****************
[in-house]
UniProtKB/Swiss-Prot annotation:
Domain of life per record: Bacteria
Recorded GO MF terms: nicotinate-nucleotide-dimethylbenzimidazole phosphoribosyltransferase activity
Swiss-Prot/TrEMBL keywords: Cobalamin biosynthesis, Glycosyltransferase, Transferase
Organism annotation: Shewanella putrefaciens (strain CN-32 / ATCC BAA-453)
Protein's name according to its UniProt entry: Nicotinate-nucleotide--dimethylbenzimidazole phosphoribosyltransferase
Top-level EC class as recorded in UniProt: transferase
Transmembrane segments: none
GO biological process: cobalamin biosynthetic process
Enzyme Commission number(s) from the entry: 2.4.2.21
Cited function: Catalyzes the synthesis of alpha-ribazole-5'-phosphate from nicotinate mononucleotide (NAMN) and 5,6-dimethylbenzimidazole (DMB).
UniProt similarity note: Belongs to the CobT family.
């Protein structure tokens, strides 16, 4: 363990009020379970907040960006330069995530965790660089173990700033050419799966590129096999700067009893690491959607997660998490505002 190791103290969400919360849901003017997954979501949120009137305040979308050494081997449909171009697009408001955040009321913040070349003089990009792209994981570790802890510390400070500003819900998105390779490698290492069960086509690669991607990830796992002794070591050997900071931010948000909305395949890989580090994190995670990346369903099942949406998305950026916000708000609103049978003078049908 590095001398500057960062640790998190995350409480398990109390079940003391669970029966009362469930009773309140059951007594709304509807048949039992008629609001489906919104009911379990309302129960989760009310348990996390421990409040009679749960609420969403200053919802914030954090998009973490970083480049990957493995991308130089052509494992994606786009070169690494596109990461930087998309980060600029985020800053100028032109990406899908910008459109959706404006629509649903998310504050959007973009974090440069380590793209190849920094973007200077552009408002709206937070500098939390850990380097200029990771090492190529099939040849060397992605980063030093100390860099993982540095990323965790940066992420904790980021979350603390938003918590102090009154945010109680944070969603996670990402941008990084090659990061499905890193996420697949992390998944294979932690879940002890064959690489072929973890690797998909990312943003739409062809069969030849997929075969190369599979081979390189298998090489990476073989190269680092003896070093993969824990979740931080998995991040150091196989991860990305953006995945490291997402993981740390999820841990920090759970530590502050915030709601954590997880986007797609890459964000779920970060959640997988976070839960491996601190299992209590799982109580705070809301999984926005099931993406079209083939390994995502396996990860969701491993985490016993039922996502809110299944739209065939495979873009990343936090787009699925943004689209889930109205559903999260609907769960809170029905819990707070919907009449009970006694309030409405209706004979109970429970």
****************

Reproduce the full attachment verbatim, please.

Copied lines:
[in-house]
UniProtKB/Swiss-Prot annotation:
Domain of life per record: Bacteria
Recorded GO MF terms: nicotinate-nucleotide-dimethylbenzimidazole phosphoribosyltransferase activity
Swiss-Prot/TrEMBL keywords: Cobalamin biosynthesis, Glycosyltransferase, Transferase
Organism annotation: Shewanella putrefaciens (strain CN-32 / ATCC BAA-453)
Protein's name according to its UniProt entry: Nicotinate-nucleotide--dimethylbenzimidazole phosphoribosyltransferase
Top-level EC class as recorded in UniProt: transferase
Transmembrane segments: none
GO biological process: cobalamin biosynthetic process
Enzyme Commission number(s) from the entry: 2.4.2.21
Cited function: Catalyzes the synthesis of alpha-ribazole-5'-phosphate from nicotinate mononucleotide (NAMN) and 5,6-dimethylbenzimidazole (DMB).
UniProt similarity note: Belongs to the CobT family.
């Protein structure tokens, strides 16, 4: 363990009020379970907040960006330069995530965790660089173990700033050419799966590129096999700067009893690491959607997660998490505002 190791103290969400919360849901003017997954979501949120009137305040979308050494081997449909171009697009408001955040009321913040070349003089990009792209994981570790802890510390400070500003819900998105390779490698290492069960086509690669991607990830796992002794070591050997900071931010948000909305395949890989580090994190995670990346369903099942949406998305950026916000708000609103049978003078049908 590095001398500057960062640790998190995350409480398990109390079940003391669970029966009362469930009773309140059951007594709304509807048949039992008629609001489906919104009911379990309302129960989760009310348990996390421990409040009679749960609420969403200053919802914030954090998009973490970083480049990957493995991308130089052509494992994606786009070169690494596109990461930087998309980060600029985020800053100028032109990406899908910008459109959706404006629509649903998310504050959007973009974090440069380590793209190849920094973007200077552009408002709206937070500098939390850990380097200029990771090492190529099939040849060397992605980063030093100390860099993982540095990323965790940066992420904790980021979350603390938003918590102090009154945010109680944070969603996670990402941008990084090659990061499905890193996420697949992390998944294979932690879940002890064959690489072929973890690797998909990312943003739409062809069969030849997929075969190369599979081979390189298998090489990476073989190269680092003896070093993969824990979740931080998995991040150091196989991860990305953006995945490291997402993981740390999820841990920090759970530590502050915030709601954590997880986007797609890459964000779920970060959640997988976070839960491996601190299992209590799982109580705070809301999984926005099931993406079209083939390994995502396996990860969701491993985490016993039922996502809110299944739209065939495979873009990343936090787009699925943004689209889930109205559903999260609907769960809170029905819990707070919907009449009970006694309030409405209706004979109970429970």